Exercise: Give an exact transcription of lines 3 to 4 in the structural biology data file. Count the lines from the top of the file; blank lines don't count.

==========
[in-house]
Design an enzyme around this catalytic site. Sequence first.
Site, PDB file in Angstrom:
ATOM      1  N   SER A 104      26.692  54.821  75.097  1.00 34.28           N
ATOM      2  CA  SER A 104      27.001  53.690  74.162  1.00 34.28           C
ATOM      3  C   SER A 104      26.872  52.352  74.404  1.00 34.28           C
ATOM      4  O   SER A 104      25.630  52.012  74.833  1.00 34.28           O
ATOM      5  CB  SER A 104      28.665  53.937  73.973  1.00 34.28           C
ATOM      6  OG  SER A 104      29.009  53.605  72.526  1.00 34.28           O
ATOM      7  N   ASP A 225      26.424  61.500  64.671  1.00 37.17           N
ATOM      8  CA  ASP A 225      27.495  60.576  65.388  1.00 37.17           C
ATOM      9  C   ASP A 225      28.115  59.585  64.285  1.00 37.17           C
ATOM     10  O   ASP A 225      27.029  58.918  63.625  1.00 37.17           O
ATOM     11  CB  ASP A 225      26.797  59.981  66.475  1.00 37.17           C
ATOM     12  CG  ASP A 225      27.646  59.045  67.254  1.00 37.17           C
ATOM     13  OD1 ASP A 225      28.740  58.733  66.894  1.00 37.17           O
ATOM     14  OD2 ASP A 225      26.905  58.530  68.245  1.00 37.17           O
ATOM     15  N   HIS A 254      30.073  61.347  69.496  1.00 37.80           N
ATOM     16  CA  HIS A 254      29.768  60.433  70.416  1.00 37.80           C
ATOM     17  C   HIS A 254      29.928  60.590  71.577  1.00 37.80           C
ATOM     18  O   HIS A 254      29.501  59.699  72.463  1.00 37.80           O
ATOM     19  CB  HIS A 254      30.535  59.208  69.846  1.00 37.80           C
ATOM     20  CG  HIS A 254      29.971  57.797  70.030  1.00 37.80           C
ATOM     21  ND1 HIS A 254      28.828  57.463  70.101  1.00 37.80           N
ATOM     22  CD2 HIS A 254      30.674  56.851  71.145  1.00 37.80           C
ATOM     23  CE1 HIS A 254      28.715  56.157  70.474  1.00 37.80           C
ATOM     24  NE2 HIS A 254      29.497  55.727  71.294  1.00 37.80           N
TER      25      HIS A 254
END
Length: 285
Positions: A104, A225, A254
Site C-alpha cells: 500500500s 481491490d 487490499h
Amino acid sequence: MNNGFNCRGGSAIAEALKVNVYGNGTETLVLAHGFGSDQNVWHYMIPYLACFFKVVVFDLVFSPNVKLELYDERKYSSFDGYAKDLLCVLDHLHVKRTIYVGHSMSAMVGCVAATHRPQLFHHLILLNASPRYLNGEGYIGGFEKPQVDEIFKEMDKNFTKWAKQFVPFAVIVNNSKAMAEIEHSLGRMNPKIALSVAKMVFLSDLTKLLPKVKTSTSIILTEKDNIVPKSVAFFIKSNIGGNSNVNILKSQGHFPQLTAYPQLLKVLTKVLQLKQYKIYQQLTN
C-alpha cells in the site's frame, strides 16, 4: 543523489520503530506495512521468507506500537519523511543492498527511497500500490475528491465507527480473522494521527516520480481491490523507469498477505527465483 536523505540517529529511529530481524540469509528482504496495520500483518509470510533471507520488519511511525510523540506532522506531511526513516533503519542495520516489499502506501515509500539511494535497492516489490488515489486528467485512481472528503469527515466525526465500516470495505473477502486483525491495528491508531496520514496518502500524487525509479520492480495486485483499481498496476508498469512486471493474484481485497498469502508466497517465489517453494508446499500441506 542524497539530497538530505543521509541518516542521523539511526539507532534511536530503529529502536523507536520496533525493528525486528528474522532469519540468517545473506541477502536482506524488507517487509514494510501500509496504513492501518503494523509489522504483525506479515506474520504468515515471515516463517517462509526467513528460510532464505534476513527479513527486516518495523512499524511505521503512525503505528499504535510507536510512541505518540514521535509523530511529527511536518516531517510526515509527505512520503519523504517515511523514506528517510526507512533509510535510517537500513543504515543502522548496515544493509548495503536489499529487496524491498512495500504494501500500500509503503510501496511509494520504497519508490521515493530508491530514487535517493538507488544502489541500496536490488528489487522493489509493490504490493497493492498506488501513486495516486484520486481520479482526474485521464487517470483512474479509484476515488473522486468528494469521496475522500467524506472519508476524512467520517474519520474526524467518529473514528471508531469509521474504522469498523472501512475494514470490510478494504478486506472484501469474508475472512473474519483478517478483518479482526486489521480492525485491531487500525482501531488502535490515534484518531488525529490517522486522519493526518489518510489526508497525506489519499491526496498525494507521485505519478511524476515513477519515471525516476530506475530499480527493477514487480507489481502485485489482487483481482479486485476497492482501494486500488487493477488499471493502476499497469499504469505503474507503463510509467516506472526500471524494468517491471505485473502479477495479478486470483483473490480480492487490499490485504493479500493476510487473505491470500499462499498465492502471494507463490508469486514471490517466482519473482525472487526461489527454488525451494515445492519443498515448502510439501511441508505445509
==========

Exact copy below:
Site, PDB file in Angstrom:
ATOM      1  N   SER A 104      26.692  54.821  75.097  1.00 34.28           N